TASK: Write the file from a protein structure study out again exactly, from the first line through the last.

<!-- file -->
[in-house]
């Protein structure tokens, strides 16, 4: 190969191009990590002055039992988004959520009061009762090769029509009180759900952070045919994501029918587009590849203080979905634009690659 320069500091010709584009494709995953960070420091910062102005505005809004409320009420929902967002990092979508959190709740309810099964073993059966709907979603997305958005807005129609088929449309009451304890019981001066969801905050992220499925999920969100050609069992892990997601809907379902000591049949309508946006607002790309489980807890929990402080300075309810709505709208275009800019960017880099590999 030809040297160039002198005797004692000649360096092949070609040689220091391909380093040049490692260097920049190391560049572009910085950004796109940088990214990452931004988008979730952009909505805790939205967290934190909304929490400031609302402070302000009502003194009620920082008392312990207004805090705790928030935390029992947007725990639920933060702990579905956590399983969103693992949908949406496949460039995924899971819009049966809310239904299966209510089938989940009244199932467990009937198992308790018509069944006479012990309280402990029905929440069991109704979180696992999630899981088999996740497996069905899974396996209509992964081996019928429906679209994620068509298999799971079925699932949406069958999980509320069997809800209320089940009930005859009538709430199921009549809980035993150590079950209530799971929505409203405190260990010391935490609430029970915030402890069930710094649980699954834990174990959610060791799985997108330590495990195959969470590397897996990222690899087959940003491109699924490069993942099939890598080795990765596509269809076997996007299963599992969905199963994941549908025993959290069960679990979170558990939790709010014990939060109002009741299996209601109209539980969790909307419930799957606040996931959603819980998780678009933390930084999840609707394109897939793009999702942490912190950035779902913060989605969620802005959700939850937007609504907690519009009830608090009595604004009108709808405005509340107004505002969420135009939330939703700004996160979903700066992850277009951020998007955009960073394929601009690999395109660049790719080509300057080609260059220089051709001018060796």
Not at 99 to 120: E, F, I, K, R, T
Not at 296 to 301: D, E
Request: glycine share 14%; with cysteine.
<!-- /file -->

[in-house]
């Protein structure tokens, strides 16, 4: 190969191009990590002055039992988004959520009061009762090769029509009180759900952070045919994501029918587009590849203080979905634009690659 320069500091010709584009494709995953960070420091910062102005505005809004409320009420929902967002990092979508959190709740309810099964073993059966709907979603997305958005807005129609088929449309009451304890019981001066969801905050992220499925999920969100050609069992892990997601809907379902000591049949309508946006607002790309489980807890929990402080300075309810709505709208275009800019960017880099590999 030809040297160039002198005797004692000649360096092949070609040689220091391909380093040049490692260097920049190391560049572009910085950004796109940088990214990452931004988008979730952009909505805790939205967290934190909304929490400031609302402070302000009502003194009620920082008392312990207004805090705790928030935390029992947007725990639920933060702990579905956590399983969103693992949908949406496949460039995924899971819009049966809310239904299966209510089938989940009244199932467990009937198992308790018509069944006479012990309280402990029905929440069991109704979180696992999630899981088999996740497996069905899974396996209509992964081996019928429906679209994620068509298999799971079925699932949406069958999980509320069997809800209320089940009930005859009538709430199921009549809980035993150590079950209530799971929505409203405190260990010391935490609430029970915030402890069930710094649980699954834990174990959610060791799985997108330590495990195959969470590397897996990222690899087959940003491109699924490069993942099939890598080795990765596509269809076997996007299963599992969905199963994941549908025993959290069960679990979170558990939790709010014990939060109002009741299996209601109209539980969790909307419930799957606040996931959603819980998780678009933390930084999840609707394109897939793009999702942490912190950035779902913060989605969620802005959700939850937007609504907690519009009830608090009595604004009108709808405005509340107004505002969420135009939330939703700004996160979903700066992850277009951020998007955009960073394929601009690999395109660049790719080509300057080609260059220089051709001018060796």
Not at 99 to 120: E, F, I, K, R, T
Not at 296 to 301: D, E
Request: glycine share 14%; with cysteine.